6. Sunscreen use and clothing worn: Proper sunscreen use or clothing covering most skin can both minimize UV-B exposure and vitamin D synthesis. For example, multiple sunny global regions, where it is typical for individuals to be fully covered in clothing, have average vitamin D status below 50 nmol/L [7].

  7. Pollution: Areas with higher levels of air pollution have been shown to decrease the ability of UV rays to reach the skin to produce vitamin D [3], resulting in lower average vitamin D status of the population.

Other factors affecting vitamin D status

  1. Food versus supplements: Based on a recent review paper focused on pediatric populations, it is possible that vitamin D from food sources, compared to supplements, has a greater ability to increase vitamin D status [8]. For food sources of vitamin D, this review paper only included fortified foods, but it is likely that foods naturally containing vitamin D would have a similar affect.

  2. Daily versus bolus: It is likely that consuming vitamin D regularly (i.e. 400-600 IU daily or 1000 IU multiple times per week) is more efficacious than taking sporadic large doses of vitamin D [8].

  3. Vitamin D2 versus D3: Vitamin D3 is the common form of the vitamin found in supplements and is the form in animal products likely fatty fish. Vitamin D2 is found in irradiated mushrooms and possibly from other fungi or yeast. Vitamin D3 is likely more effective than D2 for raising vitamin D status [9].

  4. Weight status: Individuals who are overweight or obese are at a higher risk of vitamin D deficiency [10]. This is likely because adipose tissue is the principal storage site of vitamin D [11], meaning that greater adiposity causes more vitamin D to be taken out of circulation and stored. Further, individuals with a large amount of muscle mass may also need a greater vitamin D intake as it has been estimated, in adults, that ~ 20% of 25(OH)D is in muscle tissue [11].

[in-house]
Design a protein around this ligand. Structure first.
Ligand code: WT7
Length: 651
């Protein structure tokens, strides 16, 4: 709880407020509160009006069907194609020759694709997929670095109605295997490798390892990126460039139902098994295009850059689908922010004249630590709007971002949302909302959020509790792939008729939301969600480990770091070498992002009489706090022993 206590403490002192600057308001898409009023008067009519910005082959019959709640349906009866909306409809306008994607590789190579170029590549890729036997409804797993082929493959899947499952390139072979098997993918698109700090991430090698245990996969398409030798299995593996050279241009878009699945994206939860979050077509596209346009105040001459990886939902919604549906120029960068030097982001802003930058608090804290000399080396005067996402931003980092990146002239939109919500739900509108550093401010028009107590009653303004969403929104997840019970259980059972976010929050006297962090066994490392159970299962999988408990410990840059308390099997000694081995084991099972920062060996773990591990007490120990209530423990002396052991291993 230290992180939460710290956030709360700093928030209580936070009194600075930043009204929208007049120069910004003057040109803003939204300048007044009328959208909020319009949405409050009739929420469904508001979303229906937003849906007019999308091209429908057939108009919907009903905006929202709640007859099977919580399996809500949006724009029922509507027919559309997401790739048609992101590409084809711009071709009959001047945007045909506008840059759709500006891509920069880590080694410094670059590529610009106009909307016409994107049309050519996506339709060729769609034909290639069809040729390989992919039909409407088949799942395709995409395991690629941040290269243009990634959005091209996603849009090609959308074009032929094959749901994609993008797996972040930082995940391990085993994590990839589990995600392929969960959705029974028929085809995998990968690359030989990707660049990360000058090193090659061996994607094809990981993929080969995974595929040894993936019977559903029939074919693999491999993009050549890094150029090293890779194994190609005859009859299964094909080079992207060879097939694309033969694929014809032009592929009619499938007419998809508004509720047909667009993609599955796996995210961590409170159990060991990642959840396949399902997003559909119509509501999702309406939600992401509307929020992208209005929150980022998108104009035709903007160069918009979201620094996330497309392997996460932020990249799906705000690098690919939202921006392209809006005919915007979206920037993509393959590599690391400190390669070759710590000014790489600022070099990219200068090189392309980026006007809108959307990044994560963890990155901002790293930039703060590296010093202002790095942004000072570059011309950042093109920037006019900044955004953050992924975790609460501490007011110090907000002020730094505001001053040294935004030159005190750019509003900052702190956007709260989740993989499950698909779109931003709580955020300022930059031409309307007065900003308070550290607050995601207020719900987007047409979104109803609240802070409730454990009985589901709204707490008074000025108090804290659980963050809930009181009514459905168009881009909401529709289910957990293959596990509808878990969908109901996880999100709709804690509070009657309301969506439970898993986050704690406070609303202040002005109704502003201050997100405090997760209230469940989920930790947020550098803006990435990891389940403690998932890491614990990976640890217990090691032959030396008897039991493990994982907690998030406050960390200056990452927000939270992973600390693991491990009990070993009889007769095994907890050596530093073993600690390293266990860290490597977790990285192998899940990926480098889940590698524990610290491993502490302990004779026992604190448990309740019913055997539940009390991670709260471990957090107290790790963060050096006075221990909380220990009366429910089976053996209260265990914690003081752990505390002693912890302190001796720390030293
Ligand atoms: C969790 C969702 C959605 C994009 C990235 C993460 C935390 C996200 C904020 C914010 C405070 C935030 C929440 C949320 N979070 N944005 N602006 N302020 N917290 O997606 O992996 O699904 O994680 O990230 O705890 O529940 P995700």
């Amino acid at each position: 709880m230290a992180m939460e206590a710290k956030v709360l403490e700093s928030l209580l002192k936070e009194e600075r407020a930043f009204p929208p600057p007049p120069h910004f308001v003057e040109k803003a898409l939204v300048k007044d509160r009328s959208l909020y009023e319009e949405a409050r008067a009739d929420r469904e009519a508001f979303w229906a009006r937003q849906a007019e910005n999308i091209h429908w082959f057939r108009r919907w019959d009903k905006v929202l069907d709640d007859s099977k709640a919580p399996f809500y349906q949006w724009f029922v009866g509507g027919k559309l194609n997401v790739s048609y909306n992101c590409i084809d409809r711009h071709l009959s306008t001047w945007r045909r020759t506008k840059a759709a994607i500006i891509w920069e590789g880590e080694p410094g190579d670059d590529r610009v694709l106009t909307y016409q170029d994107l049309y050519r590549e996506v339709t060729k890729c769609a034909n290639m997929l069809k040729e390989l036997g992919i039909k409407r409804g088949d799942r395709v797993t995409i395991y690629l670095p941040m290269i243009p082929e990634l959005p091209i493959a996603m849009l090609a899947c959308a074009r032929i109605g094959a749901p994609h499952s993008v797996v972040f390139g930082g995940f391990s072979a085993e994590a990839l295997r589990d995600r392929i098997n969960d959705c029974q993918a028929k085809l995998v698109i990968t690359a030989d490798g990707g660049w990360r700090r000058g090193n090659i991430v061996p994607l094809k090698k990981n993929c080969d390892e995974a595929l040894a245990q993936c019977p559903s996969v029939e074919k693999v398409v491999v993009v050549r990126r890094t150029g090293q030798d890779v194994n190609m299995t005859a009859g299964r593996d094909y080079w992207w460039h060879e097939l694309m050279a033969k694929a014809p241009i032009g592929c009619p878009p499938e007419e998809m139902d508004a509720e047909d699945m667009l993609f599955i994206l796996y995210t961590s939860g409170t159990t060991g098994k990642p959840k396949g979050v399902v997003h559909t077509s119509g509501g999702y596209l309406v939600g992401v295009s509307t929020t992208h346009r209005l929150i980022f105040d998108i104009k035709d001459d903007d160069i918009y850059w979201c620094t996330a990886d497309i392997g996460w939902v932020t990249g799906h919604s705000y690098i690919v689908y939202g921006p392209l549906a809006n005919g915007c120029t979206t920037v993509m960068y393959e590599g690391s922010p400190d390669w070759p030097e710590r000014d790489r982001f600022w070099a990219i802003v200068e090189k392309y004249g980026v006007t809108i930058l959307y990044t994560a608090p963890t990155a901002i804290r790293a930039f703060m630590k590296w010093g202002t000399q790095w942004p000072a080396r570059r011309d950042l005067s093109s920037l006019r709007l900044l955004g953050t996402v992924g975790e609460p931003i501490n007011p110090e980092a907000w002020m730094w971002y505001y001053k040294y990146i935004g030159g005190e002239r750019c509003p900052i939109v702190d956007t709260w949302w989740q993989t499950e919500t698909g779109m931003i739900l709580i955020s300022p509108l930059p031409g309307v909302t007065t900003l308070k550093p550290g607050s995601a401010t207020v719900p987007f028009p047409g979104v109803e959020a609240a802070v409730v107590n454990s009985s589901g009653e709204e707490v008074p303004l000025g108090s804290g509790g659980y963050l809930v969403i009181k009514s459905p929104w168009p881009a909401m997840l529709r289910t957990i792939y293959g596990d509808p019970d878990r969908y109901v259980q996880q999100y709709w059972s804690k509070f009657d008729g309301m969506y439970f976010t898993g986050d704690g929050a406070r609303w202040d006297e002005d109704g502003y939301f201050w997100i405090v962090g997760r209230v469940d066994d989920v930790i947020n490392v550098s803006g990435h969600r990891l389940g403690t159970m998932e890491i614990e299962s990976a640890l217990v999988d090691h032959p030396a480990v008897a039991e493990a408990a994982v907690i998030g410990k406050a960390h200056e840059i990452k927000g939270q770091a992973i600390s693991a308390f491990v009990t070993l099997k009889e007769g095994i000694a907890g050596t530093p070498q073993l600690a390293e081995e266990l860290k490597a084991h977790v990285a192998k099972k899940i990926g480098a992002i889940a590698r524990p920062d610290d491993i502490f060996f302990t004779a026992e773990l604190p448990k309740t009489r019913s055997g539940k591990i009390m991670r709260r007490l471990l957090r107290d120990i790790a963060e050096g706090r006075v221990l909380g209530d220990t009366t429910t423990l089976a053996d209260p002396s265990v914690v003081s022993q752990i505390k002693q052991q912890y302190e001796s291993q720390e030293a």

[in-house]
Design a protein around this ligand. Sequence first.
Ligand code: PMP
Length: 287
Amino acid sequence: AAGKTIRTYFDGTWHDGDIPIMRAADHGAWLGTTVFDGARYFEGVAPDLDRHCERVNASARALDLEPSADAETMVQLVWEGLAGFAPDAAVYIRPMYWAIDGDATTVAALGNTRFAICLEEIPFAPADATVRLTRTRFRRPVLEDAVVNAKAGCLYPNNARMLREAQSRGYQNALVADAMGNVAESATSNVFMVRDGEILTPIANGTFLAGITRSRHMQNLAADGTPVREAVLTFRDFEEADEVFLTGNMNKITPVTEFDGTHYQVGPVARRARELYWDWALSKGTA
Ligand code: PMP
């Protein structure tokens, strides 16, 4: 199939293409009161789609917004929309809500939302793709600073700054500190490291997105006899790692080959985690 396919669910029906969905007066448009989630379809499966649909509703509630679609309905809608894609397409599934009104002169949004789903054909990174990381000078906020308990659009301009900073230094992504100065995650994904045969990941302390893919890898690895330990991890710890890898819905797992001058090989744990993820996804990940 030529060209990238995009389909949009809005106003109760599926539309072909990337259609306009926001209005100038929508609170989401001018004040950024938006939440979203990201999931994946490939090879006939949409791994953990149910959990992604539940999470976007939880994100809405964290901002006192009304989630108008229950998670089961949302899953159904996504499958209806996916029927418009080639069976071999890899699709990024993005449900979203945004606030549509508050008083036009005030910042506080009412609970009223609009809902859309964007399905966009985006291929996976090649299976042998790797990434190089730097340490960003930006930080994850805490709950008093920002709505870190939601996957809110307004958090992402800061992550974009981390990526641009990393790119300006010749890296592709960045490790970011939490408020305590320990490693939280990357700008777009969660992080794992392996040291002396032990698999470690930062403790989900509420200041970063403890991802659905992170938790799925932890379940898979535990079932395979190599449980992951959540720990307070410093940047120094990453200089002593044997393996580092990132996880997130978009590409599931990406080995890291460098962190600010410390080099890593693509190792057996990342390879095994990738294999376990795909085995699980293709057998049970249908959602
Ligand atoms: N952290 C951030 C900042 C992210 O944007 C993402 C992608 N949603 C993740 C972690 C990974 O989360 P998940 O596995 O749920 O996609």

5. Genetic factors: A number of genetic variants affect enzymes and processes involved in vitamin D synthesis and metabolism [12, 13]. These factors are not routinely measured but are an important reason why some people need a higher vitamin D intake to maintain a sufficient vitamin D status.

Summary and take-away points

Limiting UV exposure is recommended, however, UV-B exposure still contributes to total vitamin D intake for many individuals. Inconsistent or limited exposure means that vitamin D should be consumed from the diet. Though foods like fatty fish and fortified dairy or cereals contain vitamin D, people do not routinely consume enough to meet the recommended intakes.

  • For healthy individuals, meeting the RDA (Table 2) should be adequate to maintain a sufficient vitamin D status. To meet the RDA, supplements may be needed, however, this should be assessed on an individual basis.

  • For populations at higher risk of vitamin D deficiency (i.e. individuals with obesity), vitamin D intakes may need to be double the RDA to maintain a sufficient vitamin D status [2]. Having vitamin D status measured in these populations may be useful, but the need for measurement should be considered on an individual basis with an understanding of individual risk factors for vitamin D deficiency.